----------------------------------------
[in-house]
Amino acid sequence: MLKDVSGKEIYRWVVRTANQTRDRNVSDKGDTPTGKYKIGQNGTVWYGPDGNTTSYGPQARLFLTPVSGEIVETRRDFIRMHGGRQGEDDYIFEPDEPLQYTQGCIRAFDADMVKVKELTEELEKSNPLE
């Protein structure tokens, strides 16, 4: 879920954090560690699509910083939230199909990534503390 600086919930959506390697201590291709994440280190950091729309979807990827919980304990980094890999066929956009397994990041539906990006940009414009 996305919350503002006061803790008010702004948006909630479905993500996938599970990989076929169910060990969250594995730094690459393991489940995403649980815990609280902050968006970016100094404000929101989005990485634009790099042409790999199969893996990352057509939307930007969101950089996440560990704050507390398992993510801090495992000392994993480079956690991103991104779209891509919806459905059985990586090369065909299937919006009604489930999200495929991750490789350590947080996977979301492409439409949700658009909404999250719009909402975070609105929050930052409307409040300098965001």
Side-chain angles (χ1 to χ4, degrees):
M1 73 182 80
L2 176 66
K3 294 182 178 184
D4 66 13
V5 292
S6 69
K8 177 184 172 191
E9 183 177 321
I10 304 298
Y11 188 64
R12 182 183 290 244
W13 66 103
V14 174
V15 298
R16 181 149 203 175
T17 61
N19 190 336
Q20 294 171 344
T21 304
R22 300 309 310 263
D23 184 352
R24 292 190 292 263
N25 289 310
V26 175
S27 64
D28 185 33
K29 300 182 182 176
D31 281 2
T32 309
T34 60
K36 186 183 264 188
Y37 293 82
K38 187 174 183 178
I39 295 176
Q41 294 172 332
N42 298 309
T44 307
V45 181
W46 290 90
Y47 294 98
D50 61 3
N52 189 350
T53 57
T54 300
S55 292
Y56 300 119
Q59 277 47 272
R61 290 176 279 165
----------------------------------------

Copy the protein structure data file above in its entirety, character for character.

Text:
[in-house]
Amino acid sequence: MLKDVSGKEIYRWVVRTANQTRDRNVSDKGDTPTGKYKIGQNGTVWYGPDGNTTSYGPQARLFLTPVSGEIVETRRDFIRMHGGRQGEDDYIFEPDEPLQYTQGCIRAFDADMVKVKELTEELEKSNPLE
């Protein structure tokens, strides 16, 4: 879920954090560690699509910083939230199909990534503390 600086919930959506390697201590291709994440280190950091729309979807990827919980304990980094890999066929956009397994990041539906990006940009414009 996305919350503002006061803790008010702004948006909630479905993500996938599970990989076929169910060990969250594995730094690459393991489940995403649980815990609280902050968006970016100094404000929101989005990485634009790099042409790999199969893996990352057509939307930007969101950089996440560990704050507390398992993510801090495992000392994993480079956690991103991104779209891509919806459905059985990586090369065909299937919006009604489930999200495929991750490789350590947080996977979301492409439409949700658009909404999250719009909402975070609105929050930052409307409040300098965001």
Side-chain angles (χ1 to χ4, degrees):
M1 73 182 80
L2 176 66
K3 294 182 178 184
D4 66 13
V5 292
S6 69
K8 177 184 172 191
E9 183 177 321
I10 304 298
Y11 188 64
R12 182 183 290 244
W13 66 103
V14 174
V15 298
R16 181 149 203 175
T17 61
N19 190 336
Q20 294 171 344
T21 304
R22 300 309 310 263
D23 184 352
R24 292 190 292 263
N25 289 310
V26 175
S27 64
D28 185 33
K29 300 182 182 176
D31 281 2
T32 309
T34 60
K36 186 183 264 188
Y37 293 82
K38 187 174 183 178
I39 295 176
Q41 294 172 332
N42 298 309
T44 307
V45 181
W46 290 90
Y47 294 98
D50 61 3
N52 189 350
T53 57
T54 300
S55 292
Y56 300 119
Q59 277 47 272
R61 290 176 279 165